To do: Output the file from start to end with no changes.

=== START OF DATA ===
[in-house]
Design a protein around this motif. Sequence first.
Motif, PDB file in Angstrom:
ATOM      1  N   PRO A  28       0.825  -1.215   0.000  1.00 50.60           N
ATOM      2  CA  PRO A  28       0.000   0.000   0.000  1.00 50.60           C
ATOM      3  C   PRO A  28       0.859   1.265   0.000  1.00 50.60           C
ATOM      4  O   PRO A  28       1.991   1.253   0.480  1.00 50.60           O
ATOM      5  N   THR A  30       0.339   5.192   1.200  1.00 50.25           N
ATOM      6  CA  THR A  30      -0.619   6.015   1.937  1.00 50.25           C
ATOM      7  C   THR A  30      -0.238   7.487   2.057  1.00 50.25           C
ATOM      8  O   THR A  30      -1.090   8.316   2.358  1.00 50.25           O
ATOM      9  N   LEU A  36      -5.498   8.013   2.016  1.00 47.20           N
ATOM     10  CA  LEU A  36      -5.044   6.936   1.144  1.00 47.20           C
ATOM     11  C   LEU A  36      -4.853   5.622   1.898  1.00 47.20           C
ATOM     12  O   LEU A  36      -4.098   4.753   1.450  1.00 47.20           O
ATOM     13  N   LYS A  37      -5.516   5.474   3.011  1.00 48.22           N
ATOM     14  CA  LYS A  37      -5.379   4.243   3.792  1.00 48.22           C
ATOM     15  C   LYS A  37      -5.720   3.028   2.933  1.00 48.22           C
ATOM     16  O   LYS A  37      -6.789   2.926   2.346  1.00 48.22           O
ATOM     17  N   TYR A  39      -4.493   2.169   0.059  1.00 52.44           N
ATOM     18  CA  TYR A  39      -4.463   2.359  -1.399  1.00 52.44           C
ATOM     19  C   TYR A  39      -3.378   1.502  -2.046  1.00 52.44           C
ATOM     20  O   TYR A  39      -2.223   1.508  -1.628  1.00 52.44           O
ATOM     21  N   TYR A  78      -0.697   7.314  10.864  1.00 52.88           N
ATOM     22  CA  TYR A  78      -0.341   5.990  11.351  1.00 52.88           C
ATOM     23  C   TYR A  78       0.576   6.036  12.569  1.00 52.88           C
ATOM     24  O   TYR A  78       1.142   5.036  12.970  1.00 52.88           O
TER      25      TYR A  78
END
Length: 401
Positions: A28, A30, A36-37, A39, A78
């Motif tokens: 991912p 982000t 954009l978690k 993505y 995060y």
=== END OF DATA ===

[in-house]
Design a protein around this motif. Sequence first.
Motif, PDB file in Angstrom:
ATOM      1  N   PRO A  28       0.825  -1.215   0.000  1.00 50.60           N
ATOM      2  CA  PRO A  28       0.000   0.000   0.000  1.00 50.60           C
ATOM      3  C   PRO A  28       0.859   1.265   0.000  1.00 50.60           C
ATOM      4  O   PRO A  28       1.991   1.253   0.480  1.00 50.60           O
ATOM      5  N   THR A  30       0.339   5.192   1.200  1.00 50.25           N
ATOM      6  CA  THR A  30      -0.619   6.015   1.937  1.00 50.25           C
ATOM      7  C   THR A  30      -0.238   7.487   2.057  1.00 50.25           C
ATOM      8  O   THR A  30      -1.090   8.316   2.358  1.00 50.25           O
ATOM      9  N   LEU A  36      -5.498   8.013   2.016  1.00 47.20           N
ATOM     10  CA  LEU A  36      -5.044   6.936   1.144  1.00 47.20           C
ATOM     11  C   LEU A  36      -4.853   5.622   1.898  1.00 47.20           C
ATOM     12  O   LEU A  36      -4.098   4.753   1.450  1.00 47.20           O
ATOM     13  N   LYS A  37      -5.516   5.474   3.011  1.00 48.22           N
ATOM     14  CA  LYS A  37      -5.379   4.243   3.792  1.00 48.22           C
ATOM     15  C   LYS A  37      -5.720   3.028   2.933  1.00 48.22           C
ATOM     16  O   LYS A  37      -6.789   2.926   2.346  1.00 48.22           O
ATOM     17  N   TYR A  39      -4.493   2.169   0.059  1.00 52.44           N
ATOM     18  CA  TYR A  39      -4.463   2.359  -1.399  1.00 52.44           C
ATOM     19  C   TYR A  39      -3.378   1.502  -2.046  1.00 52.44           C
ATOM     20  O   TYR A  39      -2.223   1.508  -1.628  1.00 52.44           O
ATOM     21  N   TYR A  78      -0.697   7.314  10.864  1.00 52.88           N
ATOM     22  CA  TYR A  78      -0.341   5.990  11.351  1.00 52.88           C
ATOM     23  C   TYR A  78       0.576   6.036  12.569  1.00 52.88           C
ATOM     24  O   TYR A  78       1.142   5.036  12.970  1.00 52.88           O
TER      25      TYR A  78
END
Length: 401
Positions: A28, A30, A36-37, A39, A78
């Motif tokens: 991912p 982000t 954009l978690k 993505y 995060y």